By Steven Knorr
The Bias of Tacitus
The Annals by Tacitus is a written account of Roman history covering the period from the death of Augustus in 14 A.D to the reign of Nero (r. 54-68). Tacitus states that his purpose is to write without bitterness or partiality, but much of his account of the Emperor Tiberius (r. 14-37) seems biased given what we know about his reign. For the large majority of the Roman public, the rule of Tiberius was relatively peaceful. A person would not be in danger of violence unless they were a member of the imperial family or a member of the aristocracy. Tacitus demonstrates his inability to be impartial by stating that historians during the reigns of Augustus through Nero were unable to write the truth out of fear. He writes:
“Fine intellects were not wanting to describe the times of Augustus, till growing sycophancy scared them away. The histories of Tiberius, Caius, Claudius, and Nero, while they were in power, were falsified through terror, and after their death were written under the irritation of a recent hatred.” The Annals, I
Rome during the imperial age had lost its “fine Roman character” that it had during the republican period and the harsh criticisms of Tacitus come from holding up the empire to the standard of the republic. The personal bias of Tacitus towards Roman Republican virtue seeps into his writing. He is often very critical of the imperial system and the Emperors themselves in the context of Republican virtue.
The Murder of Agrippa Postumus (14 AD)
According to Tacitus, the corruption of Rome began with Augustus, who with money and cheap food was able to concentrate on the functions of the senate . With all rivals dead, Augustus ruled unopposed and (according to Tacitus) the remaining nobility were more than willing to accept slavery for the sake of wealth and titles. Tiberius wasn’t originally interested in donning the purple but out of sheer luck (or Livia’s intervention) he became emperor after the death of Augustus. The opening act of his reign was a crime committed in the securing the throne. Agrippa Postumus, another one of Augustus’ adopted children, was murdered by his guards. Tacitus called this a crime, ignoring Tiberius’ claims that he was acting out on Augustus’s orders. Since Tiberius mentioned the death of Postumus to the senate one has to wonder how Tacitus would have known what was said on the matter outside of court records. The historian Walter Allen Jr. claims that historians accept the claim of assassination is because of the opportune time in which it came. Allen states:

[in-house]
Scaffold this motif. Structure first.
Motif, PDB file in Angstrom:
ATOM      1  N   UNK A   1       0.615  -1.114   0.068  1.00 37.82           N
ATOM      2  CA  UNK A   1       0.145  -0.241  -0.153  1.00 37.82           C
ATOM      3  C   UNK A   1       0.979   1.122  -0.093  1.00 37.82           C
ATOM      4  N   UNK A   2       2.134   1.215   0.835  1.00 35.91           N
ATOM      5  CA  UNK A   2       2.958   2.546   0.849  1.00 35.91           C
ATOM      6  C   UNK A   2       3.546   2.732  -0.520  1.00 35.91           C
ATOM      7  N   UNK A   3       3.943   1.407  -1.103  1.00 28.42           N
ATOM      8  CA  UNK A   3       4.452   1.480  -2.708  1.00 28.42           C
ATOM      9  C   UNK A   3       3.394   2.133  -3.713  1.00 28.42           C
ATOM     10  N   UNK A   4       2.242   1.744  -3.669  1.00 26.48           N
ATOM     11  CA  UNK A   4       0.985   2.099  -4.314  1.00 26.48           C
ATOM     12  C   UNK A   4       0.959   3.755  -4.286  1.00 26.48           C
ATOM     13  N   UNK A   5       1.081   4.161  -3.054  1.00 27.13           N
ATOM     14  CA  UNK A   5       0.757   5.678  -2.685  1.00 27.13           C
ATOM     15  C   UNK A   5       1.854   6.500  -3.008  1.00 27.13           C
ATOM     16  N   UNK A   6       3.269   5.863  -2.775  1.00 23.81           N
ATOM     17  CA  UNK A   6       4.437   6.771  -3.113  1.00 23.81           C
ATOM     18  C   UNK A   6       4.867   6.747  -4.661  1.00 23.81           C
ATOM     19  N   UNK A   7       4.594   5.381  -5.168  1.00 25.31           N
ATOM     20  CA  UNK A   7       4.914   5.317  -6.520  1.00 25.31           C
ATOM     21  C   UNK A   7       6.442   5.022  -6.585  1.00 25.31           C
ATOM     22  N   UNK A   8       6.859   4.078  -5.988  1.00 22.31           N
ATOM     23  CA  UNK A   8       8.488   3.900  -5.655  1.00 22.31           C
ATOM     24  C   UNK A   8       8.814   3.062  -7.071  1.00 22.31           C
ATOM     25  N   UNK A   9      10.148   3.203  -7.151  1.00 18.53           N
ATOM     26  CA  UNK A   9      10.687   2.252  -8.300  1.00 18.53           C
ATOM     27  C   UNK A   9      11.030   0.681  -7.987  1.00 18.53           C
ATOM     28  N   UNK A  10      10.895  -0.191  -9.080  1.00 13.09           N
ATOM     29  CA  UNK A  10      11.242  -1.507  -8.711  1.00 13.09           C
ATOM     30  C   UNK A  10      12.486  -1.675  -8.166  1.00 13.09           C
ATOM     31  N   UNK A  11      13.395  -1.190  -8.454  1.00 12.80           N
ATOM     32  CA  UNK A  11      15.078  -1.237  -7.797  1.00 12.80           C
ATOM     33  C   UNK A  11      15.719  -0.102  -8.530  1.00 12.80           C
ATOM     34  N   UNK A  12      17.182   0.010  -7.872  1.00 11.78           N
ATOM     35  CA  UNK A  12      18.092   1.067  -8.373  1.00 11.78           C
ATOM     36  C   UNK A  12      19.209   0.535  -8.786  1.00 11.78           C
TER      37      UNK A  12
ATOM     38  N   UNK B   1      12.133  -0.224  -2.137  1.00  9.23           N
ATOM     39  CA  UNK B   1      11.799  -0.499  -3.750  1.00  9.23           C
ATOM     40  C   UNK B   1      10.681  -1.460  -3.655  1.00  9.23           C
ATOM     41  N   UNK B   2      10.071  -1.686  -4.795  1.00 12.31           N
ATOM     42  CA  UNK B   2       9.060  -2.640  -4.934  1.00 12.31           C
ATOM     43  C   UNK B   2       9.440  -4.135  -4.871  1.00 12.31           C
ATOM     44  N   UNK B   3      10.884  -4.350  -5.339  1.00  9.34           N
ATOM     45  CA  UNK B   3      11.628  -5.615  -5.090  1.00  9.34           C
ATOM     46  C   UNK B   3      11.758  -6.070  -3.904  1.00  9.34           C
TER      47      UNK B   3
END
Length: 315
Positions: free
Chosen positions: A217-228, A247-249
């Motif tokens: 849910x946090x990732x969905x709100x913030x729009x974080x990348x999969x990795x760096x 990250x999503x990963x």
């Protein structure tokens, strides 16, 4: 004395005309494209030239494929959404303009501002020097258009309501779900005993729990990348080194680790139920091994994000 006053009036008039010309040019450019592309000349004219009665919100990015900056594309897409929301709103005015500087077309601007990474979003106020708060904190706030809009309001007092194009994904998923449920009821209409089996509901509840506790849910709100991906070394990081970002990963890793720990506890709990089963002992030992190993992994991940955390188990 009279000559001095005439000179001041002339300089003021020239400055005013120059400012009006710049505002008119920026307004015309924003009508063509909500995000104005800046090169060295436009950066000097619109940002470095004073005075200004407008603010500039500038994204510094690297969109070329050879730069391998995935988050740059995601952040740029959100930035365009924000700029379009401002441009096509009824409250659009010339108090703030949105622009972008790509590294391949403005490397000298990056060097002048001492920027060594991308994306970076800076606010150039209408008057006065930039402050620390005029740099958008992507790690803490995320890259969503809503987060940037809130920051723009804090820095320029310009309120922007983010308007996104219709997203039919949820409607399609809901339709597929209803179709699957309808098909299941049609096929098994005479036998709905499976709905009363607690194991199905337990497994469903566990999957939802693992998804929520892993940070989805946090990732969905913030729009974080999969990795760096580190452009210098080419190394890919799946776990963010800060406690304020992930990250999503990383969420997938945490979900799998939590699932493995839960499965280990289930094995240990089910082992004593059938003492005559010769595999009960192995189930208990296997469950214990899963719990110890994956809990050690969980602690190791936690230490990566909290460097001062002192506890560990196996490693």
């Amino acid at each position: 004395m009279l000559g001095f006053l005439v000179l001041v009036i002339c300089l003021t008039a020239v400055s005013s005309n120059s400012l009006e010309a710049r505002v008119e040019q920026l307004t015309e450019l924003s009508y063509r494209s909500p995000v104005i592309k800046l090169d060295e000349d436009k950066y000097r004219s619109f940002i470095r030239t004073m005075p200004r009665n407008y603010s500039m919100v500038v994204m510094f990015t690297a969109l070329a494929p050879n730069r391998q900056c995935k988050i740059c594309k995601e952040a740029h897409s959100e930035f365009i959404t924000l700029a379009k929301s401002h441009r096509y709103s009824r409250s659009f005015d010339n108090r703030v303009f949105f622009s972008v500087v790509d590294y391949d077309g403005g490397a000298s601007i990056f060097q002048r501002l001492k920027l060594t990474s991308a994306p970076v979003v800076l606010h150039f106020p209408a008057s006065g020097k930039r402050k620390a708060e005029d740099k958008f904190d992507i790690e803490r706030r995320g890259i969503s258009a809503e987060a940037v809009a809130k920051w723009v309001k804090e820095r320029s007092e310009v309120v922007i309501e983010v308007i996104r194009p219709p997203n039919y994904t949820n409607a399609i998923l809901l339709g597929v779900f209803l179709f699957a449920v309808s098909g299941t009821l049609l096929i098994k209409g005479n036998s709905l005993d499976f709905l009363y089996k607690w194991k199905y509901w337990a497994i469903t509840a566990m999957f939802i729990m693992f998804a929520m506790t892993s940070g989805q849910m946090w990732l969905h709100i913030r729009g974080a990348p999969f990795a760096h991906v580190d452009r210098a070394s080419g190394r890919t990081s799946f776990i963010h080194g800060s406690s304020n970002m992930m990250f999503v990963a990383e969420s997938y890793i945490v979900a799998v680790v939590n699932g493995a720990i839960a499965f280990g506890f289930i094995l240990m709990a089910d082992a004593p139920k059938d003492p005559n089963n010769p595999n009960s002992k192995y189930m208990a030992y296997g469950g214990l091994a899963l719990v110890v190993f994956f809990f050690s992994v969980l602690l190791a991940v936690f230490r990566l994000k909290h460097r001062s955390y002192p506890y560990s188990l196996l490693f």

“while stories about the death of Agrippa Postumus very likely arose out of similar gossip, Tacitus feels at liberty to treat them as fact because he has a reputable source upon which he depends; since the gossip had somehow crept into history, Tacitus had no qualms about repeating it.”
The liberal usage of gossip as fact is just one of many instances of Tacitus trying to blacken Tiberius’s character.
The Succession of Tiberius
Tiberius wanted to maintain the not-so-open tyranny of Augustus. When he was before the senate he told them that he is not up for the job, to which Tacitus makes the quip:
“The Senators, however, whose only fear was lest they might seem to understand him, burst into complaints, tears, and prayers.” XI
This is supposed to be a bit of irony as Tiberius, wanted to present himself as the successor to Augustus. When asked which government office he would like to hold Tiberius taken off-guard, replied:
“ …the question had not been asked with the intention of dividing what could not be separated, but to convince him by his own admission that the body of the State was one, and must be directed by a single mind.” XII
Tiberius was saying that he does not wish to dissolve the monarchy because it is inseparable, but he is humbly accepting the task of monarch.